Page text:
Me: (sighing….and then a mini rant longer than I can remember) Baby girl, monsters do exist. I’m sorry. They exist in anger and hatred. They exist in mental disorders and they are there to corrupt our world. They are fabricated in religions and stories to fill doubt in others. They instill fear and oppression but it’s mostly there for a lot of growth and balance. Where there is light there is also darkness. So, they do exist in a metaphoric term but not in a way you are thinking of when you watch television. That’s also there to create anxiety and despair. We live in a society that uses control mechanism through fear based subjects…and “monsters” are one of those ways. They don’t have giant heads and distorted bodies.
She then asked about Kali the Destroyer. Her daddy told her about Kali, the Hindu Goddess, and how she has the same name. He went on to tell her about her history the other day. She recited bits and pieces of what daddy told her. I was surprised she got a lot of it spot on. She wanted to know if she was a monster since she’s depicted with her tongue sticking out at times. I answered to the best of my ability.
Kali: so you see, they do exist, Mama!  Do they have tongues? Not Kali…she’s not a monster, right? But the rest of the monsters, do they have tongues?
Me: ugggghhhhh… silence.

I am BEing

I was dropping Kali at school this morning when she began to run towards the door, “Mama, I’m gonna win you!”

I watched her little body running against the morning wind, her curls being pushed back, the dark skin against the hot-pink tank top…oh my gosh…she was lovely. My heart reached my throat and I thought: “how precious! She’s beautiful. She’s magnificent. Look at her soul so carefree. She’s mine.”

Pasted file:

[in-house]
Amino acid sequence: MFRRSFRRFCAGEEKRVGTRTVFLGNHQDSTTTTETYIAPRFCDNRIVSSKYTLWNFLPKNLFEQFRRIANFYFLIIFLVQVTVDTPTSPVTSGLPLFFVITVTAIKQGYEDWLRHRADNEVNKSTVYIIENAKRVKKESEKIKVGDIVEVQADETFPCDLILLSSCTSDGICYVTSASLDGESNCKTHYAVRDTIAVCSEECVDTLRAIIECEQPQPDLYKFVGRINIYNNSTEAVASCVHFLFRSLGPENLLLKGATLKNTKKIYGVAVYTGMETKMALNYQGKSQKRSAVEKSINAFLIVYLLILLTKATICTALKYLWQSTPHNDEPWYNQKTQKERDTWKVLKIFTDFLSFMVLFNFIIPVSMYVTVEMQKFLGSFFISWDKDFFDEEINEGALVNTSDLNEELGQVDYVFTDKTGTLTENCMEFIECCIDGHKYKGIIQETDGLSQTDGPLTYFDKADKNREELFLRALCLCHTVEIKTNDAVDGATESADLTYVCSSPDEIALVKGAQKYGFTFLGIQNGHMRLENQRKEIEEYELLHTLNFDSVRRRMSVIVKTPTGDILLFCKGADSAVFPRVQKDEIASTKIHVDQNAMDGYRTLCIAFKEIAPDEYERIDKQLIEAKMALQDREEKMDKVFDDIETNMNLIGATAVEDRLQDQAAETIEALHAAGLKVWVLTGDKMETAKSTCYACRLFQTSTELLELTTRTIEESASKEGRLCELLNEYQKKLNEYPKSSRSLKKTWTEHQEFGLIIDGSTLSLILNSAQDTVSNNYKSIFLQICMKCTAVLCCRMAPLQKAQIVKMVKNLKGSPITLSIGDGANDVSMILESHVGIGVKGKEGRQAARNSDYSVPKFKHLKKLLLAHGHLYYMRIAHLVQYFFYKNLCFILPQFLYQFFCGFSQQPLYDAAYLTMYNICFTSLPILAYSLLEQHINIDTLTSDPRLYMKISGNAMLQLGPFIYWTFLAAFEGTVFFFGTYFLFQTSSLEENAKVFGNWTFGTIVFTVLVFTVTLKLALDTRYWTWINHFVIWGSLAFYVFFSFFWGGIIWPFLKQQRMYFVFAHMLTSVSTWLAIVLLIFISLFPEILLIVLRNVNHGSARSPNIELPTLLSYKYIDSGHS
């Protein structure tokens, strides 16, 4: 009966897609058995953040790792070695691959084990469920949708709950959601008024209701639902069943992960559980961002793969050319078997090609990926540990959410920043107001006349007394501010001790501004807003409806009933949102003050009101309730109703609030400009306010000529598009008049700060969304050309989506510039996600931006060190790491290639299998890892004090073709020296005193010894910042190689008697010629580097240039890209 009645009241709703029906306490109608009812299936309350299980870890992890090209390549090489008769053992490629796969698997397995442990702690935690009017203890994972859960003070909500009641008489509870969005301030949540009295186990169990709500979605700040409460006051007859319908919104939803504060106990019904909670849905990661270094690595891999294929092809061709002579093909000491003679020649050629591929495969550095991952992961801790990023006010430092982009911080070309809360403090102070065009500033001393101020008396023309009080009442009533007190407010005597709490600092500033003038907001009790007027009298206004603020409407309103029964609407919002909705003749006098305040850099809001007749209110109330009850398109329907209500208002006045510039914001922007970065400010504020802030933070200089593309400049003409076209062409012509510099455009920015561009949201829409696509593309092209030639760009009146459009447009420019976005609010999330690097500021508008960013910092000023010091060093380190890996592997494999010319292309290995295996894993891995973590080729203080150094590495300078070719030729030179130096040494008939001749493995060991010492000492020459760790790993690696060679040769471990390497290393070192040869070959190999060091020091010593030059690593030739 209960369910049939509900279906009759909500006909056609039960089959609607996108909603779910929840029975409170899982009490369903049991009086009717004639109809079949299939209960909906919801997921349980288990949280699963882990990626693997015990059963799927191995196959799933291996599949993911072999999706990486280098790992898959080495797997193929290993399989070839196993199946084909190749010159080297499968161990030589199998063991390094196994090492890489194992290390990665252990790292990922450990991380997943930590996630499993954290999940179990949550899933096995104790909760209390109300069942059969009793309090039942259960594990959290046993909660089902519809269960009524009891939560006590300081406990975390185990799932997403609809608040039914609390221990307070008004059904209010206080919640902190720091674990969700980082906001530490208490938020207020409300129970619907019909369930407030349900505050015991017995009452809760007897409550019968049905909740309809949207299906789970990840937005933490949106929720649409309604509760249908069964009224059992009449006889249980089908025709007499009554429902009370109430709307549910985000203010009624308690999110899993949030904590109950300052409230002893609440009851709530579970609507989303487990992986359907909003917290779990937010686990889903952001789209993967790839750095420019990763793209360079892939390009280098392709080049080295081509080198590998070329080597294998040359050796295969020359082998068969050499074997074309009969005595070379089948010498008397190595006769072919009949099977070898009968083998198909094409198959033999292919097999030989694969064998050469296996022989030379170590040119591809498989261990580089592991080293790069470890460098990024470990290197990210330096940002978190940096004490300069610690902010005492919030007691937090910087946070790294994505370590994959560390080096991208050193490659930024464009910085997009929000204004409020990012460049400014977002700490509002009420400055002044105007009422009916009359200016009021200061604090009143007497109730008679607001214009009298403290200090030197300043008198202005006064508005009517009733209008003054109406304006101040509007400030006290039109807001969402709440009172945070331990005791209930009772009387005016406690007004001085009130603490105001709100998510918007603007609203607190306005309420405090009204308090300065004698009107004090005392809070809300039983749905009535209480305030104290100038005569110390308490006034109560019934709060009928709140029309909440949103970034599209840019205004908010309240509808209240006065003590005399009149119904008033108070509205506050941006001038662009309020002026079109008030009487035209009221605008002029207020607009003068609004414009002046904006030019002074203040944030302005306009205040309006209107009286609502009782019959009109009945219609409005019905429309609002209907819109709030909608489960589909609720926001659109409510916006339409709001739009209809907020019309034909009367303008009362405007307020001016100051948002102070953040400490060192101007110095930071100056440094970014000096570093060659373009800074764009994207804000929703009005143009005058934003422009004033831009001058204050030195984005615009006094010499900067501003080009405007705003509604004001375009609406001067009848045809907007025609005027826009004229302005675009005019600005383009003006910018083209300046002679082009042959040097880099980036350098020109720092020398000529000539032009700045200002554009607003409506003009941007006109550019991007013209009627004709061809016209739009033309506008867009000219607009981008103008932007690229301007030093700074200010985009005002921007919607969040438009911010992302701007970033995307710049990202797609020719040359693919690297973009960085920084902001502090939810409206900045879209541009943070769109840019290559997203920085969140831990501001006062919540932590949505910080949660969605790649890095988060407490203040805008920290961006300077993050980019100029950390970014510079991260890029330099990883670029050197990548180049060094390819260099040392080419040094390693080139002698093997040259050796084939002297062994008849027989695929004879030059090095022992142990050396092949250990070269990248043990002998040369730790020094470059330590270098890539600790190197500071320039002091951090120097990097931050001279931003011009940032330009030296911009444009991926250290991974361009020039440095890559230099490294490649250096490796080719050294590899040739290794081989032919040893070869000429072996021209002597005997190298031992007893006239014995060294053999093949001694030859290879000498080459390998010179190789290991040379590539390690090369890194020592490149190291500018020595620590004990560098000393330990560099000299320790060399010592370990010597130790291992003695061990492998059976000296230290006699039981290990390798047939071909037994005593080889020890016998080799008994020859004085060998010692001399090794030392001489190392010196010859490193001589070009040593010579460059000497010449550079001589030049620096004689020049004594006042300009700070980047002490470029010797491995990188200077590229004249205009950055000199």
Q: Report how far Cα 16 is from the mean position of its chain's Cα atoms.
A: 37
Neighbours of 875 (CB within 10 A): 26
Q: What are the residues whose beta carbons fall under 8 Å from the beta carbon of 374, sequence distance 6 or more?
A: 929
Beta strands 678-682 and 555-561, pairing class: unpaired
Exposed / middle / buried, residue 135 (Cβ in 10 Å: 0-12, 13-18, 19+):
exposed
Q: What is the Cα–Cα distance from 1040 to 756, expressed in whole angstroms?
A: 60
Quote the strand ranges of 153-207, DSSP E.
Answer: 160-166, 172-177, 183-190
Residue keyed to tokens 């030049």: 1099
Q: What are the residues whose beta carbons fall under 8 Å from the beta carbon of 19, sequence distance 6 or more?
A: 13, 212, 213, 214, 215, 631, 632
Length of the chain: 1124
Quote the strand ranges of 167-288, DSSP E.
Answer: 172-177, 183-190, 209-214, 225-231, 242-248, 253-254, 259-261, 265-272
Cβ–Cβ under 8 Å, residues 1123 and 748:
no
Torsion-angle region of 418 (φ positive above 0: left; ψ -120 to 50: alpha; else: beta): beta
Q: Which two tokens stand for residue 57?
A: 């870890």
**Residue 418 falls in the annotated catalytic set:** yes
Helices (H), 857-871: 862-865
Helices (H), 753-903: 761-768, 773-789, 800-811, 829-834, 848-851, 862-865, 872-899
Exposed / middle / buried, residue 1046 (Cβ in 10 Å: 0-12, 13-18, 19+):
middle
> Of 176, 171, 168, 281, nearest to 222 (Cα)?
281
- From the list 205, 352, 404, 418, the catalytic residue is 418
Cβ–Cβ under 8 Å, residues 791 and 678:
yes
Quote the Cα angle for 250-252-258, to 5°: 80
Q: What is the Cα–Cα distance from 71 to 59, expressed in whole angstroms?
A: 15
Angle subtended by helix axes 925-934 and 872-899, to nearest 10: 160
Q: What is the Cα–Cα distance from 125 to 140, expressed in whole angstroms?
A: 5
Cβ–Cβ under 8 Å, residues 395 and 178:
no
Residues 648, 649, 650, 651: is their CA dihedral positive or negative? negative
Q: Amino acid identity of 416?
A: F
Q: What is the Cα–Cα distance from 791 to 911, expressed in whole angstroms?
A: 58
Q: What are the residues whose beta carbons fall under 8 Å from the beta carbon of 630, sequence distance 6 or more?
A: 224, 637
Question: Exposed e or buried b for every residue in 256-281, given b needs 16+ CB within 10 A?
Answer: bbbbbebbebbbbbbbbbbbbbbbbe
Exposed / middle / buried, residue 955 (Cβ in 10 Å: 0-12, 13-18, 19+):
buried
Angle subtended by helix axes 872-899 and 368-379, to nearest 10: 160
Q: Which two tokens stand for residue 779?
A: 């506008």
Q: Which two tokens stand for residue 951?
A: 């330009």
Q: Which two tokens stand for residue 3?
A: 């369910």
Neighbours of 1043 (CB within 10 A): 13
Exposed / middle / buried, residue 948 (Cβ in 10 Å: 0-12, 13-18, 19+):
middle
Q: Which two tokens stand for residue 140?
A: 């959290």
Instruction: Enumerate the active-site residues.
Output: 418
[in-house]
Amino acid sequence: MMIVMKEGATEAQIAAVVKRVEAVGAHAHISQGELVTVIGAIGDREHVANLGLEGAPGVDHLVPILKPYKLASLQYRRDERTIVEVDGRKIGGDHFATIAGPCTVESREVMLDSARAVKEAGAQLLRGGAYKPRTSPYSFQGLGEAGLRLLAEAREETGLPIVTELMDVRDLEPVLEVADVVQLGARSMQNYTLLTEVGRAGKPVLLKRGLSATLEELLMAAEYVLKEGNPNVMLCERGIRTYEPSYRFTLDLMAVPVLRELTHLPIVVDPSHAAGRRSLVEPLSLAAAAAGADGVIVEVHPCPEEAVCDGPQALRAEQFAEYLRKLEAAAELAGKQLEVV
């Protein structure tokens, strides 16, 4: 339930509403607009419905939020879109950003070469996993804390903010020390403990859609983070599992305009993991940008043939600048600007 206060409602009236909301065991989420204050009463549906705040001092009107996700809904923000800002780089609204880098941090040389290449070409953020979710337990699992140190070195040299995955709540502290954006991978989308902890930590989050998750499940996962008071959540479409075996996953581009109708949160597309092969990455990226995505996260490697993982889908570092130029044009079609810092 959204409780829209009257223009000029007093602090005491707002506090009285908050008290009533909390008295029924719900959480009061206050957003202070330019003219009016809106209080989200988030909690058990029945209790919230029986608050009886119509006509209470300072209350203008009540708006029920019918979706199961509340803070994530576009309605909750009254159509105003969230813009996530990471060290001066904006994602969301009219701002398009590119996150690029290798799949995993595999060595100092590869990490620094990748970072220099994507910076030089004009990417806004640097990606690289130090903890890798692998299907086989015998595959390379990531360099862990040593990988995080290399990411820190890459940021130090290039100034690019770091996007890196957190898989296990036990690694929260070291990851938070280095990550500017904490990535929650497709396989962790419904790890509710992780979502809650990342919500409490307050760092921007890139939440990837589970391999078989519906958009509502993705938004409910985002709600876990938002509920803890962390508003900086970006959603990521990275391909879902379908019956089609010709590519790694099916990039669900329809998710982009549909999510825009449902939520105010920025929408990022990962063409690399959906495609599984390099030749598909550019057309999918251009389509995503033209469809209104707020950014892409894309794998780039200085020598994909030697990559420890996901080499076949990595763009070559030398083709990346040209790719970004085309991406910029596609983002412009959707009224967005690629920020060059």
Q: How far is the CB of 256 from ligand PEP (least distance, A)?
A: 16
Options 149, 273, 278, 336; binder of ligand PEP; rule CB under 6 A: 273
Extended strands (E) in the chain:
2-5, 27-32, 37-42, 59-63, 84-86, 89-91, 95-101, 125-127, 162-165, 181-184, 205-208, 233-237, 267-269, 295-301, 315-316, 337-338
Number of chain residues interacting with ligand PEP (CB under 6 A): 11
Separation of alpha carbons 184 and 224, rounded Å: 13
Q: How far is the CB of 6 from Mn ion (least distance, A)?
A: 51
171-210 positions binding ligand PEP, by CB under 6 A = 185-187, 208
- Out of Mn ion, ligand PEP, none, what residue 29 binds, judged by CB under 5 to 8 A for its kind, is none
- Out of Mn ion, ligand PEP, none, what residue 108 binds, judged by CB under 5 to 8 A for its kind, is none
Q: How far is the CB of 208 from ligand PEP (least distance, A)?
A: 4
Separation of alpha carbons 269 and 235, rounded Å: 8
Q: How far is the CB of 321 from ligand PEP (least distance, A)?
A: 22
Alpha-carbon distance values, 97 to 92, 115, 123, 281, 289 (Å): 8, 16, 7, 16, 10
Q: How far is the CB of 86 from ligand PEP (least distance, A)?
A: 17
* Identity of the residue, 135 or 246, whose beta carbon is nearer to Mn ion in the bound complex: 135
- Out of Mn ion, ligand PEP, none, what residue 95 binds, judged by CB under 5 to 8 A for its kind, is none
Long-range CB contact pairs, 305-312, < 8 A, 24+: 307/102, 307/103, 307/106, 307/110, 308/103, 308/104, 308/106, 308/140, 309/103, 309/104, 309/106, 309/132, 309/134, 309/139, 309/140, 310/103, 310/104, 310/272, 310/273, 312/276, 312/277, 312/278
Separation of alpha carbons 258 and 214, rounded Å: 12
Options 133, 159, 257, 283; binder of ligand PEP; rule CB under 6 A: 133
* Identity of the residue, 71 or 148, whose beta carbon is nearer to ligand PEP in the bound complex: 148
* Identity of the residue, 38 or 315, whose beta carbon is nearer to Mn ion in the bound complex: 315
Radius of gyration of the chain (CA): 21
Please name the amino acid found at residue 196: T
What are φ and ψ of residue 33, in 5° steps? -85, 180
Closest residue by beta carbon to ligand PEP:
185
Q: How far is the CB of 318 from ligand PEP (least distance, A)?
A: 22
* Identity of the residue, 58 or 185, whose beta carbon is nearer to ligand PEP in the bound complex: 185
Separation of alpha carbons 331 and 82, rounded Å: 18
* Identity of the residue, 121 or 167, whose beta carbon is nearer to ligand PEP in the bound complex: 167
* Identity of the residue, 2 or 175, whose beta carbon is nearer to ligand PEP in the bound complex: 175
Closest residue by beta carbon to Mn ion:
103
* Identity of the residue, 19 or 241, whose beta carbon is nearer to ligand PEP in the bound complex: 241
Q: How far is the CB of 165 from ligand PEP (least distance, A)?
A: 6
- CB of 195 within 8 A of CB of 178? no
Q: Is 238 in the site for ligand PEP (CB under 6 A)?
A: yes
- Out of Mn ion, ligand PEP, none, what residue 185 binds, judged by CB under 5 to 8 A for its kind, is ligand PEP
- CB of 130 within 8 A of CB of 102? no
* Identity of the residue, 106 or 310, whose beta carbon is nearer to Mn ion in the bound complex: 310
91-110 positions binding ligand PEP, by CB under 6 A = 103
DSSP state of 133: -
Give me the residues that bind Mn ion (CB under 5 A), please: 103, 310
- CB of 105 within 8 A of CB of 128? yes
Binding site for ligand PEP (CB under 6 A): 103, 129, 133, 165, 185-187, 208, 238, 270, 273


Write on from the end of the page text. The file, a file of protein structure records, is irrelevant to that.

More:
How did I get here? At this age? I was done having children. I was going to travel and explore the world. Here I am not just with a four year old but on the ledge of getting a one-and-a-half by the time he gets here. But, that’s how we show up to life. We stop planning. We just go with the ebb and flow. We push through the unknown.

Kali waited for me to get to the door, “You are so slow, Mama!”

Indeed I am…I am slow in arriving. I am slower than any other time in my life because I want to savor every minute of these moments. I want to feel them. I want to honor them. I want to keep remembering why I am all the things that make me compassionate and loving. Because of these children…mine and others’. This is how I’m arriving into almost everything in my life. I’m slowly falling into my roles as a mother, a wife, a woman and a human. My time here is slowly revealing my most intimate purpose. I’m no longer running from (or towards) anything. I am simply BEing.

**photo from a few weeks ago as she played on the beach talking to the seashells. She kept saying it was “my favorite day with you, Mama!”

Open Heart

And there…in the school parking lot I broke. The flood gates opened. I sobbed. I was overcome by grief and anger like I hadn’t in a long time. Frustration hit my core and I felt my heart being pulled in every direction. For hours, since early morning, I had been fighting a migraine. I rarely get them. I had taken plenty of Tylenol but it had been nagging and I knew there was an underlined monster coming to visit. There, in an empty church lot, about to drop my kiddo at daycare, I allowed it all to come undone.